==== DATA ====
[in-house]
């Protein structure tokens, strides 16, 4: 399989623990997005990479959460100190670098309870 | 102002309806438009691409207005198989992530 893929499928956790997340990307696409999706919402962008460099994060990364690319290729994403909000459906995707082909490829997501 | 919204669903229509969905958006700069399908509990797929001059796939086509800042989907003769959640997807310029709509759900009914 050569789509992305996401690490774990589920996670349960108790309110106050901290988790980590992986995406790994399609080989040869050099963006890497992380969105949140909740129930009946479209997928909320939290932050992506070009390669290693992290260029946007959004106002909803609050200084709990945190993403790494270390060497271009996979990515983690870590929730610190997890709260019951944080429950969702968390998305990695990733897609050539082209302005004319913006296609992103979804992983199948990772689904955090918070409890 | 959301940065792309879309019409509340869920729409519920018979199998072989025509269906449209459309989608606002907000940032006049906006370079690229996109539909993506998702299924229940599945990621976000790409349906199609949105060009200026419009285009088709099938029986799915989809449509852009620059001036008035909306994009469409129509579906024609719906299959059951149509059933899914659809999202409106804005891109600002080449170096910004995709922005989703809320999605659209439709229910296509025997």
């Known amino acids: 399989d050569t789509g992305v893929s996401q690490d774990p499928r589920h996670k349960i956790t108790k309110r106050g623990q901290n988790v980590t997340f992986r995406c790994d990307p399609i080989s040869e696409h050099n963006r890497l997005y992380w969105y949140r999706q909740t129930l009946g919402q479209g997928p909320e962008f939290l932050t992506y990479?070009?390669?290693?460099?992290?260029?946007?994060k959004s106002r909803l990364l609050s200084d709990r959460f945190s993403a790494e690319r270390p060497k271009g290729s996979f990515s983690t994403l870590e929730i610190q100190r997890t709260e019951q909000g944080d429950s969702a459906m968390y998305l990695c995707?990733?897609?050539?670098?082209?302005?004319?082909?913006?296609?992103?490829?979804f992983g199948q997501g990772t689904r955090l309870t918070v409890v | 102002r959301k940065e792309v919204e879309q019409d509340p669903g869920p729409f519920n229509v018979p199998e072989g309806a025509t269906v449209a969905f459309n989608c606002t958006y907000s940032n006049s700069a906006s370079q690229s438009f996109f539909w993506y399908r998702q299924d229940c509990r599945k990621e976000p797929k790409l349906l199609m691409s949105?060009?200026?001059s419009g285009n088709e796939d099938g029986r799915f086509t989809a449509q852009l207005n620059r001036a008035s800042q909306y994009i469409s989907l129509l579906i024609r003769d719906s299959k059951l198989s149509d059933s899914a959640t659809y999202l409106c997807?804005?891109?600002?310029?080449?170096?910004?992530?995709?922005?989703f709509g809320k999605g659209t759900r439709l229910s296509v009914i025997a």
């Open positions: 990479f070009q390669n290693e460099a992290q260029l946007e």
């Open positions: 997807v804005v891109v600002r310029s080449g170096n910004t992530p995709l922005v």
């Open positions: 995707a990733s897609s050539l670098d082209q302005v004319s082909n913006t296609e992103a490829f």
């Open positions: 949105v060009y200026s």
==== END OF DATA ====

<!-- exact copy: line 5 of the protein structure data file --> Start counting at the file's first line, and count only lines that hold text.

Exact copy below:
């Open positions: 997807v804005v891109v600002r310029s080449g170096n910004t992530p995709l922005v």